shabbos candles

Weekly Halacha Series
Halachos Series on Hilchos Yom Tov

shabbos candles

Published by
Pirchei Shoshanim

A Project of
The Shema Yisrael Torah Network

Written by

Rabbi Dovid
Ostroff, shlita


These Halachos were shown by Rabbi Ostroff to
HaGaon HaRav Moshe Sternbuch, shlita



Questions for the Week of Parshas Mishpotim

May one shave body hair on Chol Hamoed?

A woman may shave body hair on Chol Hamoed, the same as she may apply makeup, powder etc., as it is all inclusive in tzorchei haguf – physical necessities.  [1] A woman may not have a haircut on Chol Hamoed. [2] for the same reason that prohibits a man from doing so.

May one cut the hair of a male child who reaches the age of three on Chol Hamoed?

Some have the custom to undertake a child’s first haircut on Chol Hamoed, [3] but seeing that it is an interesting question, let us view the reasoning.

In normal circumstances one may not shave on Chol Hamoed because it should have been done before the Chag. According to halacha, one who is released from prison on Chol Hamoed may shave. [4] The reason is twofold: firstly, in prison he was unable to shave; secondly, even if his jailers permitted him to shave, he was not in a joyous mood to do so. Hence upon release a prisoner may shave. [5]

Many have the custom not to cut a child’s hair before the age of three. Consequently, a child who turns three is only “released from prison” on Chol Hamoed and it should therefore be permitted to give him a haircut.

Sounds good, so why not give him a haircut?

It’s more than that. The Shulchan Aruch explicitly says that one may give a haircut to a child under bar mitzvah, however the Mishna Berura [6] adds that this is only when the child has a lot of hair that disturbs him, which is not normally the case.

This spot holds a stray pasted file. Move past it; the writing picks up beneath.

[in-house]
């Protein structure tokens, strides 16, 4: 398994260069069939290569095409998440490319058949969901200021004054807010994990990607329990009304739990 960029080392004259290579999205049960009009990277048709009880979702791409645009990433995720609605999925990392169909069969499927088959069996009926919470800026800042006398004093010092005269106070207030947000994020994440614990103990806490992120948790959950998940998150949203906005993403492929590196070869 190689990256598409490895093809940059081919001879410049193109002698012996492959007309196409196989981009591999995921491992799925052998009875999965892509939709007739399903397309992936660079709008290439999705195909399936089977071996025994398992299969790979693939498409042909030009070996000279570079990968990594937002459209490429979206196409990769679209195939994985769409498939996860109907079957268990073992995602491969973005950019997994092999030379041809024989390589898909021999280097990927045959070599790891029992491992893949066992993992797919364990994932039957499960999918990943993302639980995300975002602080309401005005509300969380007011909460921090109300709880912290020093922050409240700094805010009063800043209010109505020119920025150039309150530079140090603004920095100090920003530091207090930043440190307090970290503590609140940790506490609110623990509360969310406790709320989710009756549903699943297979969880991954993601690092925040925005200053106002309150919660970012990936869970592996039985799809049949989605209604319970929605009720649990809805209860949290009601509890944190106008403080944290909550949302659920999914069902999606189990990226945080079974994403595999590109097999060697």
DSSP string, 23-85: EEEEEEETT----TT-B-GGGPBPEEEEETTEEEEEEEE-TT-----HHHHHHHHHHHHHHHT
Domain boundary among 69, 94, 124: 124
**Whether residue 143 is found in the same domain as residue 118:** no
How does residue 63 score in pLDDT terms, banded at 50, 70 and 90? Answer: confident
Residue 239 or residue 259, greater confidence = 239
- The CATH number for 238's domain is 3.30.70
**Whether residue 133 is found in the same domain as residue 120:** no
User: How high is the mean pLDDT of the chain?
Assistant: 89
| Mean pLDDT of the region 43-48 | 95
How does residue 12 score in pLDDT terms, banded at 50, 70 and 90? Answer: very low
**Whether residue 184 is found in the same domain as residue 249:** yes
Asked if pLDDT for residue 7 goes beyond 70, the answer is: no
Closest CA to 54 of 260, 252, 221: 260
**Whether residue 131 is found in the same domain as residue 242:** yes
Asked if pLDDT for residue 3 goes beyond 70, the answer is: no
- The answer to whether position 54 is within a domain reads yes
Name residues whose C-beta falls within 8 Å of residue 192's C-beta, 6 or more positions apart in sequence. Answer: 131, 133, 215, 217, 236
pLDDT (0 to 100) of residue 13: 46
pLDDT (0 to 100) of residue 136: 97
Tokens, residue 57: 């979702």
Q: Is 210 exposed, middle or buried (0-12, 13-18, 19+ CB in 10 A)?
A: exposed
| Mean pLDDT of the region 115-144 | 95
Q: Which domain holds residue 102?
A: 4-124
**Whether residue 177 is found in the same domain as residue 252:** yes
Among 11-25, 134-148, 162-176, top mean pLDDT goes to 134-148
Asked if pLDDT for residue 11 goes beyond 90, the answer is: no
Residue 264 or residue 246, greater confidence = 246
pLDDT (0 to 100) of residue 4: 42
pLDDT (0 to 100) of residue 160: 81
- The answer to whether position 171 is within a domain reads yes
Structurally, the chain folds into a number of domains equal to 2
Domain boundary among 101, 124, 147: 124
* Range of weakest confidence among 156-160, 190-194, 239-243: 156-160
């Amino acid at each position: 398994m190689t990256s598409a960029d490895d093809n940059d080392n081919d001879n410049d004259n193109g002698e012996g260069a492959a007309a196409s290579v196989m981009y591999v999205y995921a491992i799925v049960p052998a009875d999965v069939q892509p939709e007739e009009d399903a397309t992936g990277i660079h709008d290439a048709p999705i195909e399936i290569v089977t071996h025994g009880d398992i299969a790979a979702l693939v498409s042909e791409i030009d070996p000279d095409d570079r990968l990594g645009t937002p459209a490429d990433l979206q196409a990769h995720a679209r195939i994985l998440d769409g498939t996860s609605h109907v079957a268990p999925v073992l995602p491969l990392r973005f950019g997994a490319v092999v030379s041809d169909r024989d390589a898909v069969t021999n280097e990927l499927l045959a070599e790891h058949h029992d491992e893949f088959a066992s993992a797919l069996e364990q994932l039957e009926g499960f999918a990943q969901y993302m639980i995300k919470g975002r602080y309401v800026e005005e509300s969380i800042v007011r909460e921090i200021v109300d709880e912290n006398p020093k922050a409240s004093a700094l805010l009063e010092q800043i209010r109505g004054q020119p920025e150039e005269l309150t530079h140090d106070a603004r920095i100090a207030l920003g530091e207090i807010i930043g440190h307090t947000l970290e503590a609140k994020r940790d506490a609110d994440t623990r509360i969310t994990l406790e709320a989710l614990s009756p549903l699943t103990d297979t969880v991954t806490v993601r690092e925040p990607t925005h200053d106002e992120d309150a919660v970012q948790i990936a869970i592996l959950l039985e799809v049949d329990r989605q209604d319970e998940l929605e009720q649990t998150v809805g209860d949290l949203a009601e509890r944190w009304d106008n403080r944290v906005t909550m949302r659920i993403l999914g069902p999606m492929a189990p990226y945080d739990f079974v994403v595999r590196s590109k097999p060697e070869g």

It seems that halacha is in favor of giving a three year old a haircut on Chol Hamoed but some distinguished rabbis prefer the custom not to do so.

As is usual in such instances, one must ask one’s rav.

Are there restrictions as to cutting fingernails?

The Mechaber rules that one may cut finger and toenails in the regular manner on Chol Hamoed. The Rama is stringent and says that custom is one does not, unless for a mitzvah (immersion). [7] The Mishna Berura rules [8] that if one cut nails before Yom Tov one may cut them on Yom Tov as well.

This implies that one who did not cut nails before Yom Tov may not cut them on Yom Tov (e.g. before the last day of Yom Tov). The Be’er Heitev cites an opinion who holds that one who cuts nails regularly before Shabbos may cut them on Chol Hamoed before Shabbos (it probably includes before Yom Tov as well). [9]

What is the halacha with regards to melachos not performed for physical benefit?

As opposed to ochel nefesh and tzorchei haguf – physical benefit, where melachos may be performed in the regular professional manner, other needs necessary for Chol Hamoed may only be tended to in compliance with restrictions laid down by Chazal.

What are the restrictions?

We will attempt to present the various rules.

  1. One who performs the melacha in a non-professional manner may do so on Chol Hamoed. [10]
  2. One who performs the melacha in a professional manner (even if he is not a professional but does it professionally) must perform the melacha in an irregular manner (shinui). The melacha may not be done in a professional manner even for a mitzvah. We will see b’ezras Hashem that certain leniencies apply to mitzvos. [11]